You may or may have not heard of the #RocktheCrop thing. There are only a few thousand photos under this tag on Instagram, so you probably haven’t.
Here’s the story. In an issue of O, The Oprah Magazine, there was an article that was a style Q&A.
One of the questions asked was “Can I pull off a crop top?” The author of the article, creative director Adam Glassman, answered, “If (and only if!) you have a flat stomach, feel free to try one.”
This clearly pissed a lot of people off. Like, a lot of people. Women who did not necessarily have these “flat stomachs” responded by posting pictures of them in crop tops, looking great. Like I said, some have used the hashtag RocktheCrop.
If you want to know where I stand on this issue, I feel that anyone can wear whatever the hell they want, regardless of what anyone says. Whether the person telling them is a fashion expert or their significant other, what they where is up to them, unless you’re a teen under your parents’ rule. That’s another story.
However, larger people were wearing things that society didn’t expect to look good on them long long LONG before it became popular to do so.
There’s Meghan Trainor, Adele, Crystal Renn, Leslie Hall, me, and, most importantly, someone who has done it all. This someone has broken down television, movie, and even literary stereotypes of curvy people, become an icon, and basically slayed everything.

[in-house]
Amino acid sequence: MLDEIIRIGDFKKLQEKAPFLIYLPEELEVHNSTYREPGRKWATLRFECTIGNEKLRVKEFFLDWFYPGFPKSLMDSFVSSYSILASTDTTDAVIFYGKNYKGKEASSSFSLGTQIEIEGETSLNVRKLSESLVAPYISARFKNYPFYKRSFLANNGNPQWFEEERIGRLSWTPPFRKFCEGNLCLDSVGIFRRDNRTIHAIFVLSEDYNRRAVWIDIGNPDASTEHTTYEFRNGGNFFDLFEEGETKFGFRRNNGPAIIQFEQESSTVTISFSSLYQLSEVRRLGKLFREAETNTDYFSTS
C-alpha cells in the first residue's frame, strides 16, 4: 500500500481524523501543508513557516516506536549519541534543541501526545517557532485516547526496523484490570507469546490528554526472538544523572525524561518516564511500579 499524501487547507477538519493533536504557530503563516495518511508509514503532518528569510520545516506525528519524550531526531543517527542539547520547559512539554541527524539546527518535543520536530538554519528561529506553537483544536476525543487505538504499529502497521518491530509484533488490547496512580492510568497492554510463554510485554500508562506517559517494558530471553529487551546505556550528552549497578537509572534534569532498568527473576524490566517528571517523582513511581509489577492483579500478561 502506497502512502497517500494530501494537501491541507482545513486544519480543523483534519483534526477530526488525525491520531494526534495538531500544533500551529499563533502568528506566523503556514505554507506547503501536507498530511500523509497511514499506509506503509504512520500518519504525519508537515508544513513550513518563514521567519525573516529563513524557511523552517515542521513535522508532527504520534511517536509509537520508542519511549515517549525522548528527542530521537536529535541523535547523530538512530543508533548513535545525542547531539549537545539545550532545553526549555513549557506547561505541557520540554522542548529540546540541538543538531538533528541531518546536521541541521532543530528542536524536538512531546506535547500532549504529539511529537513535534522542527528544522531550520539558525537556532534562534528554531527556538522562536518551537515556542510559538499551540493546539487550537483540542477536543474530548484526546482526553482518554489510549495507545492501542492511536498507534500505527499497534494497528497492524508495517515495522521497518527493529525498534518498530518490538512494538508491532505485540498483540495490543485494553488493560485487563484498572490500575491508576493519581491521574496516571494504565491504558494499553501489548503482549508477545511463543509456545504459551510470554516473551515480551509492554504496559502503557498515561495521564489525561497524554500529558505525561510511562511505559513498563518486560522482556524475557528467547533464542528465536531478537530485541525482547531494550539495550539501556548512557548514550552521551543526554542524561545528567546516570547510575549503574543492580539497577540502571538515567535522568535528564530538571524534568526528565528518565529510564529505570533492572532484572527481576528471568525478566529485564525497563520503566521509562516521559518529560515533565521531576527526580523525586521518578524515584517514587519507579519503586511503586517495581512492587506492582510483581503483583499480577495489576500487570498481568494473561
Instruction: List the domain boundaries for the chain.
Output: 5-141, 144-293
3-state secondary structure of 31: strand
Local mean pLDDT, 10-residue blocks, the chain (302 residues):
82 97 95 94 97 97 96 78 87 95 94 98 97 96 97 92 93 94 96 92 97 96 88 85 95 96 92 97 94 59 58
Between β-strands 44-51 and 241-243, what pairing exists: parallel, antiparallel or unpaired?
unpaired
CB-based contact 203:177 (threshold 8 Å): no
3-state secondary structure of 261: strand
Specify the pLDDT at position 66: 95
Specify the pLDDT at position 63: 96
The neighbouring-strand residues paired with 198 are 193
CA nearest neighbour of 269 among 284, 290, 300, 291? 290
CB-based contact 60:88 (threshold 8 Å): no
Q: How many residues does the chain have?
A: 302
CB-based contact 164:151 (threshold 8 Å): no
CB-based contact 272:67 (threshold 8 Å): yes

I’m talking about Winnie the Pooh.
Yes, Winnie the Pooh! The little yellow bear who was probably on at least one of your childhood pajamas- whether you liked him or not.
I was certainly obsessed. Many of my toys were Winnie the Pooh-themed, my birthday cake for like 2 years had Winnie the Pooh cake toppers on them, all my nice dresses had Winnie the Pooh on them. I was such a fangirl.
Anyways, you may not have noticed, but Winnie the Pooh wears a crop top-and he’s certainly not a twig! He’s a full-grown cartoon bear with a normal cartoon bear body.
You see, cartoon characters of your childhood couldn’t care less about their body fat, as long as they’re comfortable, so you should be too.
If we all had Winnie the Pooh’s body confidence, #DroptheCrop wouldn’t have to be a thing. Therapists wouldn’t have to specialize in eating disorder counseling. I wouldn’t be writing this blog. Which would actually kind of suck, but that’s not the point.
So if society tells you that you can’t wear a crop top, give them the middle finger by painting yourself yellow and rocking the iconic red top. Or you can hold a Pooh stuffed animal, you know, to prove a point.
Or just say, “Well, look at Winnie the Pooh. He became an international icon because he wore a crop top even though his stomach wasn’t ‘flat.’ That’s bound to get you less side-eyes than the other ideas.